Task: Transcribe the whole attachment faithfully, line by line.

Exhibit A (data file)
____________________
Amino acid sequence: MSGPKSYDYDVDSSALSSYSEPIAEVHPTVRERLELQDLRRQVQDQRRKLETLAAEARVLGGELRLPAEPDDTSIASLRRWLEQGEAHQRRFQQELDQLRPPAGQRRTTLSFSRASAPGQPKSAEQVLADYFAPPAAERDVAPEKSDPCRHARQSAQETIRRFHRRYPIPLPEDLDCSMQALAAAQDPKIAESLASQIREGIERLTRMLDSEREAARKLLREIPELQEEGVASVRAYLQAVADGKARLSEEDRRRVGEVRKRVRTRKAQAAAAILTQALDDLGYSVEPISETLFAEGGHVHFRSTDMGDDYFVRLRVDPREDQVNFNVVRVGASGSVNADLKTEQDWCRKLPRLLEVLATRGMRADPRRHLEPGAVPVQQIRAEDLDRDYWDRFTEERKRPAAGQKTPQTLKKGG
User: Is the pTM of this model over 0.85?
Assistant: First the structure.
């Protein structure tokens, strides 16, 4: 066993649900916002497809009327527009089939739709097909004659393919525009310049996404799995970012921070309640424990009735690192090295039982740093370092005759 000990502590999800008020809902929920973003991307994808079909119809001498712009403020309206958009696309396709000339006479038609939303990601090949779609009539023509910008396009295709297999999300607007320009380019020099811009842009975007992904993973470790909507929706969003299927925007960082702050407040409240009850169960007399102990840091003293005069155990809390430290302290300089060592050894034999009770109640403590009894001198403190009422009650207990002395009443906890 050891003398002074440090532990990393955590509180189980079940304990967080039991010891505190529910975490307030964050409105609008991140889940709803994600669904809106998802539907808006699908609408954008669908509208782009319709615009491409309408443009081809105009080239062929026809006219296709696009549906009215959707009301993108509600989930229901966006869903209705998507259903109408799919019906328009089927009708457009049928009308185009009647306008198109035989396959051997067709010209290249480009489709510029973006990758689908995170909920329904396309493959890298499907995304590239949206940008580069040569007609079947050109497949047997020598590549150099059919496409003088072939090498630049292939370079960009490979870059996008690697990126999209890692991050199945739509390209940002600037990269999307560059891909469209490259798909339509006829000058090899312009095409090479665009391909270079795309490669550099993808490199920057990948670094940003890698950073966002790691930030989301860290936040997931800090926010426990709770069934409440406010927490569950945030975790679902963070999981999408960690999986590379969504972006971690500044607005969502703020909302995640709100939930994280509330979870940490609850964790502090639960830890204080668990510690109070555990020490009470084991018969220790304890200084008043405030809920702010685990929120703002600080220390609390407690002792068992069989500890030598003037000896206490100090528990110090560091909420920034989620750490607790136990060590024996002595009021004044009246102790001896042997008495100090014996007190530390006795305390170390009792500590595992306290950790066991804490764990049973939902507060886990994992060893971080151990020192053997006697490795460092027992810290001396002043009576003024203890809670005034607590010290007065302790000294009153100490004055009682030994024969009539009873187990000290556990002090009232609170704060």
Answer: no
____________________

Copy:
Amino acid sequence: MSGPKSYDYDVDSSALSSYSEPIAEVHPTVRERLELQDLRRQVQDQRRKLETLAAEARVLGGELRLPAEPDDTSIASLRRWLEQGEAHQRRFQQELDQLRPPAGQRRTTLSFSRASAPGQPKSAEQVLADYFAPPAAERDVAPEKSDPCRHARQSAQETIRRFHRRYPIPLPEDLDCSMQALAAAQDPKIAESLASQIREGIERLTRMLDSEREAARKLLREIPELQEEGVASVRAYLQAVADGKARLSEEDRRRVGEVRKRVRTRKAQAAAAILTQALDDLGYSVEPISETLFAEGGHVHFRSTDMGDDYFVRLRVDPREDQVNFNVVRVGASGSVNADLKTEQDWCRKLPRLLEVLATRGMRADPRRHLEPGAVPVQQIRAEDLDRDYWDRFTEERKRPAAGQKTPQTLKKGG
User: Is the pTM of this model over 0.85?
Assistant: First the structure.
């Protein structure tokens, strides 16, 4: 066993649900916002497809009327527009089939739709097909004659393919525009310049996404799995970012921070309640424990009735690192090295039982740093370092005759 000990502590999800008020809902929920973003991307994808079909119809001498712009403020309206958009696309396709000339006479038609939303990601090949779609009539023509910008396009295709297999999300607007320009380019020099811009842009975007992904993973470790909507929706969003299927925007960082702050407040409240009850169960007399102990840091003293005069155990809390430290302290300089060592050894034999009770109640403590009894001198403190009422009650207990002395009443906890 050891003398002074440090532990990393955590509180189980079940304990967080039991010891505190529910975490307030964050409105609008991140889940709803994600669904809106998802539907808006699908609408954008669908509208782009319709615009491409309408443009081809105009080239062929026809006219296709696009549906009215959707009301993108509600989930229901966006869903209705998507259903109408799919019906328009089927009708457009049928009308185009009647306008198109035989396959051997067709010209290249480009489709510029973006990758689908995170909920329904396309493959890298499907995304590239949206940008580069040569007609079947050109497949047997020598590549150099059919496409003088072939090498630049292939370079960009490979870059996008690697990126999209890692991050199945739509390209940002600037990269999307560059891909469209490259798909339509006829000058090899312009095409090479665009391909270079795309490669550099993808490199920057990948670094940003890698950073966002790691930030989301860290936040997931800090926010426990709770069934409440406010927490569950945030975790679902963070999981999408960690999986590379969504972006971690500044607005969502703020909302995640709100939930994280509330979870940490609850964790502090639960830890204080668990510690109070555990020490009470084991018969220790304890200084008043405030809920702010685990929120703002600080220390609390407690002792068992069989500890030598003037000896206490100090528990110090560091909420920034989620750490607790136990060590024996002595009021004044009246102790001896042997008495100090014996007190530390006795305390170390009792500590595992306290950790066991804490764990049973939902507060886990994992060893971080151990020192053997006697490795460092027992810290001396002043009576003024203890809670005034607590010290007065302790000294009153100490004055009682030994024969009539009873187990000290556990002090009232609170704060």
Answer: no